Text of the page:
For those who think police work doesn’t require people who can think outside of the box, here are some of the calls attributed to U.S.-based police agencies in a recent cursory Internet search of the news using only the word “police” as a search parameter. According to my search, police across the country:
- Found the remains of a toddler in a box in a vacant house.
- Investigated a man who alleged tried to drown his girlfriend in her bathtub.
- Were analyzing at an incident where a high school football player stood accused of assaulting another player at a football game.
- Rescued a family from a burning house.
- Arrested a horseback rider who was apparently riding while intoxicated.
- Went on multiple high speed chases all around the country.
- Searched for a perpetrator who tried to yank a girl out of her home by reaching into her bedroom window.
- Checked on a report that a cab driver, enraged at a passenger, may have used pepper spray and fired a bullet in connection with that incident.
- Dealt with multiple reports of children shot to death in criminal acts.
- Raided smoke shops for fake cannabis.
- Continued to investigate countless disappearances, many of which involved young people and elderly individuals who’d left nursing home care.
- Arrested a woman who unwittingly (and in a stroke of very bad judgment) tried to sell her services to an officer.
- Reportedly found a boat and a music store stuffed with marijuana in two separate incidents.
- Solved dozens of homicides from coast to coast.
- Caught an escaped offender who was on the run.
- Dealt with attacks on officers using weapons that ranged from vehicles to guns to hammers.
- Investigated what police believe was the starving death of a toddler.
And that lists reflects only the results of the first few pages of my search. So what’s my point?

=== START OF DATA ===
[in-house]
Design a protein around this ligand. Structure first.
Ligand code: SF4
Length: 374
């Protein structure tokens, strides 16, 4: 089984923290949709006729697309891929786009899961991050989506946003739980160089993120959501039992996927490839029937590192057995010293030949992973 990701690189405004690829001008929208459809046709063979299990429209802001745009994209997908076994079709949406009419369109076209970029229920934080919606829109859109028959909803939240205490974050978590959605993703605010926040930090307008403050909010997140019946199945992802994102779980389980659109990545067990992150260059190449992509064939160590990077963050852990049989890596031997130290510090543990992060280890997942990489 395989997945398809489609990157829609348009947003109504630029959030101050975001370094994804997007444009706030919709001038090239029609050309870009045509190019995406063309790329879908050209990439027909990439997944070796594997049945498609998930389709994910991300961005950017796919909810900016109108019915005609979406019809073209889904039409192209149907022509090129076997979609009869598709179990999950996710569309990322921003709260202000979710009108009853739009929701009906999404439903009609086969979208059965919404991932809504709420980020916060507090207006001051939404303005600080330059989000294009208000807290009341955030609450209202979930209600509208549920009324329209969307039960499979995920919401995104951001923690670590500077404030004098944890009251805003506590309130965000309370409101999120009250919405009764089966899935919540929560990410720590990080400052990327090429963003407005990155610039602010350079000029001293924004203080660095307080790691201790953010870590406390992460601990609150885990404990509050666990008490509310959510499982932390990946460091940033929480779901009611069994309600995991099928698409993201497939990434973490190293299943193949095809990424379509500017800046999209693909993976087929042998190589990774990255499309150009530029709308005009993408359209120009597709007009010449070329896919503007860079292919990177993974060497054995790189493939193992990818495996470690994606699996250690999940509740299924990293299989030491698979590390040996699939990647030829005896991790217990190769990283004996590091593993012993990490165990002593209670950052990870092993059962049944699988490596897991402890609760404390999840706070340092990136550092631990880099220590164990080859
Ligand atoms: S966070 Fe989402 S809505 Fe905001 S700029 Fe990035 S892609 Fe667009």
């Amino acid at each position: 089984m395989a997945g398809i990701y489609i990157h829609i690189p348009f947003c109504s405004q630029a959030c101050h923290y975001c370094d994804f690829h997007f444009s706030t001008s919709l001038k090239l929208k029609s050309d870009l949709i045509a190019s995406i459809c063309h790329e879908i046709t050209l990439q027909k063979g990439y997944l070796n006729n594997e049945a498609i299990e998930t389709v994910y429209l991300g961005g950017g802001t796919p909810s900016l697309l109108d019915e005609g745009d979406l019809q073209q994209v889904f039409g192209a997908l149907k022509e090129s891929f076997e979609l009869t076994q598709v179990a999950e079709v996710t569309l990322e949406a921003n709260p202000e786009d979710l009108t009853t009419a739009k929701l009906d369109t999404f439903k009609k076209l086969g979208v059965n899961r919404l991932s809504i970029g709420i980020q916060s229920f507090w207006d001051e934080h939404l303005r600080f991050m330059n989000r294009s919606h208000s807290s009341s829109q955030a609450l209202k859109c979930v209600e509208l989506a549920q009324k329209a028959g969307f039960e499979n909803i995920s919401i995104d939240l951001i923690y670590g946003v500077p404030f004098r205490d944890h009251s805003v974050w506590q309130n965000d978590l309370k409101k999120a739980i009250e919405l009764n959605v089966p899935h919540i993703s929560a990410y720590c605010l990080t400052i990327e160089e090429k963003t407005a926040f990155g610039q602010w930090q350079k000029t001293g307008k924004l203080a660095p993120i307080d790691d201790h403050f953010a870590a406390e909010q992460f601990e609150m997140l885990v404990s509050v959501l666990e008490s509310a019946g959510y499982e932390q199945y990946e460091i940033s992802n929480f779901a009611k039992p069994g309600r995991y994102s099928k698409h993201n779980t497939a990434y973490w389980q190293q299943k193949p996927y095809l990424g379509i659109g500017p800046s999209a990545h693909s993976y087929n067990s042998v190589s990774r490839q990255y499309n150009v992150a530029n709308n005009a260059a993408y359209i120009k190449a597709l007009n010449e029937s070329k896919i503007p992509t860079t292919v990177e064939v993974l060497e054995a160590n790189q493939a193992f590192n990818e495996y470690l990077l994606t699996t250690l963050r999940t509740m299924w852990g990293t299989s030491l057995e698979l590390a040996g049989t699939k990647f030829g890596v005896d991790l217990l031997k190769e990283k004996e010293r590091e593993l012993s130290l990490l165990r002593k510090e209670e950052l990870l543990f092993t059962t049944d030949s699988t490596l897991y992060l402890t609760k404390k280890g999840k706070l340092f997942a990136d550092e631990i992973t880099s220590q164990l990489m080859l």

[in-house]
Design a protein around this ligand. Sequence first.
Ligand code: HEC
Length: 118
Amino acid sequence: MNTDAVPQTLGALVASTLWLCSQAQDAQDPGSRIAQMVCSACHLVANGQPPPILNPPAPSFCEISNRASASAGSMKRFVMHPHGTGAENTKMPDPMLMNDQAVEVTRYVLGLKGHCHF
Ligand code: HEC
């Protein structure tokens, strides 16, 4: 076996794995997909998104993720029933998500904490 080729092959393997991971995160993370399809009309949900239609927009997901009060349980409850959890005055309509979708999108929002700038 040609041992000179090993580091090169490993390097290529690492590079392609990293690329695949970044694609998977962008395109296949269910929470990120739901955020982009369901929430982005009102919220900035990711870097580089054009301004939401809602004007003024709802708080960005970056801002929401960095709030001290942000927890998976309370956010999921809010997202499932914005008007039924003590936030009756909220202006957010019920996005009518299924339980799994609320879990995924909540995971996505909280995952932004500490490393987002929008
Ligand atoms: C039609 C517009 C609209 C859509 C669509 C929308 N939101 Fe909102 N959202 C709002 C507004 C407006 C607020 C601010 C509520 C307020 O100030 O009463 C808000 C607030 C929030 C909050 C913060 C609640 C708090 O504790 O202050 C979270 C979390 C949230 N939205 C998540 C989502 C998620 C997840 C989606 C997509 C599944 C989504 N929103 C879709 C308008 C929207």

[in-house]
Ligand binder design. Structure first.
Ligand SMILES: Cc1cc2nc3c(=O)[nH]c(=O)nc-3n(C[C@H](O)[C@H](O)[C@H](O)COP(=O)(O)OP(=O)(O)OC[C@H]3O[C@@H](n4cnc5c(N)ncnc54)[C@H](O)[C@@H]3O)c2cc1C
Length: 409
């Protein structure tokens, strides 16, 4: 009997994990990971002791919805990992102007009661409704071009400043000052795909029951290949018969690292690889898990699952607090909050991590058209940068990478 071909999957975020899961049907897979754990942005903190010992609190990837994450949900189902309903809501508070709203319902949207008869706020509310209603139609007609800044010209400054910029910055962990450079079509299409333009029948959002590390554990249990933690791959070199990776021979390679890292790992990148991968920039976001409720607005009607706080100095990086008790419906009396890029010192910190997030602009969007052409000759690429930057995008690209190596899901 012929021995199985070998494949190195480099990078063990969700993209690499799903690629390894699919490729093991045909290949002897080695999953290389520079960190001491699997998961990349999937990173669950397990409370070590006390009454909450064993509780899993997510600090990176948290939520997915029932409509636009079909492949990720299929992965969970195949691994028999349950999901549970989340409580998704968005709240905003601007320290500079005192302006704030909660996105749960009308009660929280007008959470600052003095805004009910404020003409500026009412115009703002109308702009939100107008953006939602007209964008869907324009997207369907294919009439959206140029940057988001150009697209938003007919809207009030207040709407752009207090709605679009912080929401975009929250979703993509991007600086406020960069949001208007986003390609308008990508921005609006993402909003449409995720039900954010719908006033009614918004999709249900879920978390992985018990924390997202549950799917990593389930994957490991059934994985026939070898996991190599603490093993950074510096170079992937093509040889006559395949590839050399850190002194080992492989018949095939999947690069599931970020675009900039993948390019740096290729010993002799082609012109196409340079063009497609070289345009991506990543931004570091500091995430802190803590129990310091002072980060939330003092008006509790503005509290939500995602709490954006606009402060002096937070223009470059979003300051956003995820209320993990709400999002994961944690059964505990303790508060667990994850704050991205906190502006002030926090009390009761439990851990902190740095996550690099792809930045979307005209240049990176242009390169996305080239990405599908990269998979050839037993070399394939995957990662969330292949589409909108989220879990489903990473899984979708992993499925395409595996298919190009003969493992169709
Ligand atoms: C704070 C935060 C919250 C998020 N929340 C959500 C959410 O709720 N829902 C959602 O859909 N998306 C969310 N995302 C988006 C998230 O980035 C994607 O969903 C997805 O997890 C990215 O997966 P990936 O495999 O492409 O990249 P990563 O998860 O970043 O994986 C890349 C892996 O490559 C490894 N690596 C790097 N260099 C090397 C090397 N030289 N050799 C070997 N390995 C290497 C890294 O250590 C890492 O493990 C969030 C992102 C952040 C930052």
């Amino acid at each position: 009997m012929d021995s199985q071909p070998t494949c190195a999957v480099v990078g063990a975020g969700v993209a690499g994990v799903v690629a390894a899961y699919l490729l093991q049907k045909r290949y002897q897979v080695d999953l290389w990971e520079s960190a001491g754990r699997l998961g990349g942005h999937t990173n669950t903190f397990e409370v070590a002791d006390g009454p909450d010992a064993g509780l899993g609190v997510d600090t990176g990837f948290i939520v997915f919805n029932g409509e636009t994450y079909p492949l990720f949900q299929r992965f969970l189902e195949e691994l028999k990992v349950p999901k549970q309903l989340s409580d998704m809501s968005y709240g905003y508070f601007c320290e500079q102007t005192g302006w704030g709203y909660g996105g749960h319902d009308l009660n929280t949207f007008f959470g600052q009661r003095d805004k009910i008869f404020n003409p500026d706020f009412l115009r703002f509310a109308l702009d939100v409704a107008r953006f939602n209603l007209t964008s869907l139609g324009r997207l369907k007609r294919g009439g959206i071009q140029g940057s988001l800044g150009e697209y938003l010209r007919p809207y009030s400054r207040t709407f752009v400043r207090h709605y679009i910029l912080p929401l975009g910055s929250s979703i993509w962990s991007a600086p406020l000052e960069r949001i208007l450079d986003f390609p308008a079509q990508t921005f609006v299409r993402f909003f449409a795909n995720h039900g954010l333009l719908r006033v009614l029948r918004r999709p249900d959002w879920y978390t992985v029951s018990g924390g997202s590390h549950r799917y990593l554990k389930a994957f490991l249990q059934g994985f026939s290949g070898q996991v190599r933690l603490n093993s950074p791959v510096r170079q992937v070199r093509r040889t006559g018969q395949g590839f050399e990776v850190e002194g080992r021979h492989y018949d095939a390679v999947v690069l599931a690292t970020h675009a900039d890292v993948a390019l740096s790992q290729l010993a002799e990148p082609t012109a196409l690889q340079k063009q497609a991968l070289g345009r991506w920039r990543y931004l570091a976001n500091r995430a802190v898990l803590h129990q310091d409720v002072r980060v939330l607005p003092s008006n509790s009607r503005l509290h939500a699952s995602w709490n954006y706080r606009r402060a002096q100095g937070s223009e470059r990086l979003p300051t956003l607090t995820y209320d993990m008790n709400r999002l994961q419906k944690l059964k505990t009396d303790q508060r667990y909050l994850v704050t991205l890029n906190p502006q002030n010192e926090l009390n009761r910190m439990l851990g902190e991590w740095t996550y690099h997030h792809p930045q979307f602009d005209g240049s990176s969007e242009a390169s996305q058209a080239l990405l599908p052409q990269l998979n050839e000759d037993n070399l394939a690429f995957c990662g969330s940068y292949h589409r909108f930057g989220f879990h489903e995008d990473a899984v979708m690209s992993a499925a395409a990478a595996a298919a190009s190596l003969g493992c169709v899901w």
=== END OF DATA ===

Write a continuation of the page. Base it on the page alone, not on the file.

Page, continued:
Years ago, a civilian friend of mine suggested I write a memoir about my time working as a police officer. I told her any cop could do that because it’s such an interesting job. And no one would ever believe it, outside of other cops, because every day is an adventure of some sort.
And that’s what makes the job fascinating to some and a nightmare to others. I can say with complete truth that what I liked best about my time behind the badge was the sheer variety of the work. The idea of never knowing what was going to happen when your shift started, never having any guarantees when you answered a call or worked a case, made boredom impossible. Police work isn’t for those who crave sameness, routine or reassurance.
What makes a good cop is the ability to find the challenge in each moment on the job. I never got rich or famous while in police work, but I’ve also never found another career as fascinating or worthwhile. I wouldn’t trade my experiences for all of the nine-to-five office jobs in the world, no matter what they paid.
If you are lucky enough to still be behind the badge, you’re one of the special few who can handle anything this extraordinary job throws at you. If you really think about it, that’s not such a bad way to spend a good chunk of your life.